I don’t know if there’s ever been proof that males have some genetic thing that makes them (well, most of them) inherently interested in engineering, but sometimes it seems that way.
Everyone has their own particular interests, of course. Most people know that I’m not particularly impressed with cars. Although I will confess to liking a manual transmission more than an auto, and I did take a look at a few minutes of the Grand Prix, the car is essentially a functional item to me, not a play-thing. Perhaps I can’t align the idea of a play-thing with something so destructive.
(If I seem to blog more about driving than PT it’s probably because I find it more stressful and it seems like more things go wrong. No really, even with the train thing in January, more goes wrong on the roads. If PT killed 300+ people a year, it would never be allowed to keep running.)
I’ve kinda gone off aeroplanes for similar reasons. And I’ve never been keen on guns, either. (It’s said some gun enthusiasts like them a lot for the engineering angle; the pull them apart, put them back together, ad infinitum, like Lego with Extreme Prejudice.)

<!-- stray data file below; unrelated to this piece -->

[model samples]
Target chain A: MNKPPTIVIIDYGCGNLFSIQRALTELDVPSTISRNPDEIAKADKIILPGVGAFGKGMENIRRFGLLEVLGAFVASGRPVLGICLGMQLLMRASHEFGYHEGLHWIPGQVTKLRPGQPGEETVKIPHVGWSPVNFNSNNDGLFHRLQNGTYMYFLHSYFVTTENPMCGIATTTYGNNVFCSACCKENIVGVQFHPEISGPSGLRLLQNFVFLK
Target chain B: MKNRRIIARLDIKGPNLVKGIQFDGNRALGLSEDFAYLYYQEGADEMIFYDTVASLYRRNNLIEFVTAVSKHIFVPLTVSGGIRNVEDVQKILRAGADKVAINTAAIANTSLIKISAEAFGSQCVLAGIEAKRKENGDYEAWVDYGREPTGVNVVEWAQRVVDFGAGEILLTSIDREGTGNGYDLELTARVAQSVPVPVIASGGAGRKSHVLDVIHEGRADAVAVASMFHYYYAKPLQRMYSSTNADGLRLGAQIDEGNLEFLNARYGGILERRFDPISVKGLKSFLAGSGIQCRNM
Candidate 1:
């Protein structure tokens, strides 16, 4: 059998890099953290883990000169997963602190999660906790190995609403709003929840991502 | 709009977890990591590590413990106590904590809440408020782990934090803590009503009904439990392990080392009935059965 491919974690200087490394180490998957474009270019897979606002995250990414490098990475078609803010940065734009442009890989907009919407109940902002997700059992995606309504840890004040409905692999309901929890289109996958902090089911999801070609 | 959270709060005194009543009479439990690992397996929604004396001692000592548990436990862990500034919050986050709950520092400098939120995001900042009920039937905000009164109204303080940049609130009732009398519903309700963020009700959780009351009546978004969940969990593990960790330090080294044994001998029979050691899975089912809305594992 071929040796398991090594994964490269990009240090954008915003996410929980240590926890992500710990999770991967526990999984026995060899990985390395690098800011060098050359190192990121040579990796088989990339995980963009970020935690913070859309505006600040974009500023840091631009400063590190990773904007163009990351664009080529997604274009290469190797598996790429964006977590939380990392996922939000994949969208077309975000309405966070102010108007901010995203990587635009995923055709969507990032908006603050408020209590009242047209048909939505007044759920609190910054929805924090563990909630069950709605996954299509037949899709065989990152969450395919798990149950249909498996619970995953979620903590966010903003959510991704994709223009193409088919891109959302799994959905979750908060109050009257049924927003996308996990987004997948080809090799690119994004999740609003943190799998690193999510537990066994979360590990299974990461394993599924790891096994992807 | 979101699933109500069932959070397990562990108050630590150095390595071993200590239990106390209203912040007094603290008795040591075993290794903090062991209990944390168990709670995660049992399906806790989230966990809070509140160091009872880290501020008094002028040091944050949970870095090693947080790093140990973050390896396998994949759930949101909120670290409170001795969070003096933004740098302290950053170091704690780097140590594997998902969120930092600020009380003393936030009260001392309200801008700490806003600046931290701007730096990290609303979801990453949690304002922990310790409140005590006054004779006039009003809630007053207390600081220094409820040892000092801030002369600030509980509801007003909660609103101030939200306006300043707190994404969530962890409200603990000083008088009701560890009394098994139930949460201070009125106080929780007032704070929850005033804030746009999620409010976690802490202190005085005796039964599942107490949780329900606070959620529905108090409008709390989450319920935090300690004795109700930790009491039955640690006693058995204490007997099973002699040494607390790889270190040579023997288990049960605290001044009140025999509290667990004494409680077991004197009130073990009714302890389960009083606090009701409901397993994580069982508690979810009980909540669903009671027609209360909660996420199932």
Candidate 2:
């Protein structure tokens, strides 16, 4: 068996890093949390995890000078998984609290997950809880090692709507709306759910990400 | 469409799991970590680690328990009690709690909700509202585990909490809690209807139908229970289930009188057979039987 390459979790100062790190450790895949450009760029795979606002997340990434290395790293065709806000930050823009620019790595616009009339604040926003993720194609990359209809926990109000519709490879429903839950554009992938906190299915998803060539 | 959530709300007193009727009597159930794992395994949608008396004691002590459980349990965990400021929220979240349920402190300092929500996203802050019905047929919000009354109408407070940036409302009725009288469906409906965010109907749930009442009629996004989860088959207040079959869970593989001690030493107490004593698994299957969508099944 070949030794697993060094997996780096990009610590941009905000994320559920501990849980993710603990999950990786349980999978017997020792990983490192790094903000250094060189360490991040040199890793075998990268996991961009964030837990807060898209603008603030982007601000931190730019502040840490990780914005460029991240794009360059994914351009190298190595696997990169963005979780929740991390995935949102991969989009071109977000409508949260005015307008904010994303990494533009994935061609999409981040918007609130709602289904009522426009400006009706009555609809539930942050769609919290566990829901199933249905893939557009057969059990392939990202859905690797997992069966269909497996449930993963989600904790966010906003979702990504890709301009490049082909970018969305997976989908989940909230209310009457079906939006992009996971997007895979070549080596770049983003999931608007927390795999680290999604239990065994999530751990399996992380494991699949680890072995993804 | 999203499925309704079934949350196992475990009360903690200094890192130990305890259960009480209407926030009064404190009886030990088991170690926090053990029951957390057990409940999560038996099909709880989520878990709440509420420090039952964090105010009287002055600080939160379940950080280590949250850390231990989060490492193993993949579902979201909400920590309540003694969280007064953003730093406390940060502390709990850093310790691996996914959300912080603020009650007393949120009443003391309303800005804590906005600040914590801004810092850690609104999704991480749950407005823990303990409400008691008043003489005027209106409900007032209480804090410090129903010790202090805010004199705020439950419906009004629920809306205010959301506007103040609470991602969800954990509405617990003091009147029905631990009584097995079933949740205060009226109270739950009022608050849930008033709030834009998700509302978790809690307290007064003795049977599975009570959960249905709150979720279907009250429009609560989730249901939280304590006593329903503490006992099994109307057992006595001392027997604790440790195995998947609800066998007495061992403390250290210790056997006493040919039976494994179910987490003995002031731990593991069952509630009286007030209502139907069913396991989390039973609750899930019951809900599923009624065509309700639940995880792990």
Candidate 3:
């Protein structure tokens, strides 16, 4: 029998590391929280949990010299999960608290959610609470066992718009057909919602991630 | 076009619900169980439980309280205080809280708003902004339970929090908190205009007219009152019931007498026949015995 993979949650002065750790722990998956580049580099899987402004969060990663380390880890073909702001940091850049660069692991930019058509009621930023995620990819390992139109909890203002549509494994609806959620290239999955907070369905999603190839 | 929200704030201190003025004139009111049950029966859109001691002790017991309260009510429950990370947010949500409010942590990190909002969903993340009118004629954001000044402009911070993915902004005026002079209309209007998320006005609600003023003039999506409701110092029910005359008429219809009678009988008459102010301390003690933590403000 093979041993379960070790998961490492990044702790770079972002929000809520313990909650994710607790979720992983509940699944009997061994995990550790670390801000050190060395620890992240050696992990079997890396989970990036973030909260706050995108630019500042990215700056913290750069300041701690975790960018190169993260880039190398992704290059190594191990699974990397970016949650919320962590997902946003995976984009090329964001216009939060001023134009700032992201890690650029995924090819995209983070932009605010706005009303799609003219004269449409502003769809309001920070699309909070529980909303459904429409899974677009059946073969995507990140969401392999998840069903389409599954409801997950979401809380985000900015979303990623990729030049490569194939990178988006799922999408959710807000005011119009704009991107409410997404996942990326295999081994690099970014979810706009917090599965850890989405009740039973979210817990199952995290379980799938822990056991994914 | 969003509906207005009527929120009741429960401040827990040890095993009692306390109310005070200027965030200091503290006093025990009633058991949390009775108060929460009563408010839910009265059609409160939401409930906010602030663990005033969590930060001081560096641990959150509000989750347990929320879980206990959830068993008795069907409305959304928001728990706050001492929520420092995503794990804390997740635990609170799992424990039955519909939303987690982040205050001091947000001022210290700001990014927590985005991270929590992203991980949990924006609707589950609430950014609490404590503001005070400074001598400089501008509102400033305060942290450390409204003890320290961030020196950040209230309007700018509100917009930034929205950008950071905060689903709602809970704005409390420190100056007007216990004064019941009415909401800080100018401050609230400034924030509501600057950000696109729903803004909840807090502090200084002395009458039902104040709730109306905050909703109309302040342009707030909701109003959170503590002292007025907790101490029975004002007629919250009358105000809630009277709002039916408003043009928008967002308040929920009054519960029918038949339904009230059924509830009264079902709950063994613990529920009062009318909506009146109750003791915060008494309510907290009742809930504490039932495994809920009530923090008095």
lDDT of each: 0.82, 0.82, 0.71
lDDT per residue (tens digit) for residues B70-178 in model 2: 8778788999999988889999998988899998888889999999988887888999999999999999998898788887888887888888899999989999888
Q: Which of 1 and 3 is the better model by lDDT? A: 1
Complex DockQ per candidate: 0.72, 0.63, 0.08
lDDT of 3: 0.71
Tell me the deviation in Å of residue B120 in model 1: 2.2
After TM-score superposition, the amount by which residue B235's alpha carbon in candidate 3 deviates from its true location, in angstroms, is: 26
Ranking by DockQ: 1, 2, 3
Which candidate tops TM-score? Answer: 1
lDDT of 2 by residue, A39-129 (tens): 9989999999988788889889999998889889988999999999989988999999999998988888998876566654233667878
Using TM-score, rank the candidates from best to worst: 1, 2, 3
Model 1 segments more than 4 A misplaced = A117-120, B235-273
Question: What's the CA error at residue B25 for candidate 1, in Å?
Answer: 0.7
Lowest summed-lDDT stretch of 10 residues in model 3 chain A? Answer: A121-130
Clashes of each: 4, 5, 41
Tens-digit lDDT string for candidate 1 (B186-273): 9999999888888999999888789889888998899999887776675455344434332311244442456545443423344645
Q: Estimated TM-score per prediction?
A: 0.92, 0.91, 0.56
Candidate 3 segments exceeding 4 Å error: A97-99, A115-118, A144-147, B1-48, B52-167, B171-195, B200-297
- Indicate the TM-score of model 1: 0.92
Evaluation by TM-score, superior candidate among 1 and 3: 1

Visiting H220 “Heavy Harry” at Williamstown a couple of weeks ago — the largest (non-articulated) steam engine ever built in Australia. I was doubly impressed when chatting to a bloke who said he’d helped drive it — on his shunter father’s lap, 60+ years ago.
But computer gadgetry is what really has me fascinated; always has.
Like anything, these types of interests and values get passed on to offspring. So my kids don’t really take an interest when I’m checking the oil in the car or otherwise pottering under the hood. Rather (as I did) they seem to spend a lot of time on the computers. So I reckon when I see my boys chatting to their friends at school, they’re probably not telling them about our car; they’re probably telling them about about their latest YouTube production or the new very groovy media player device I just got.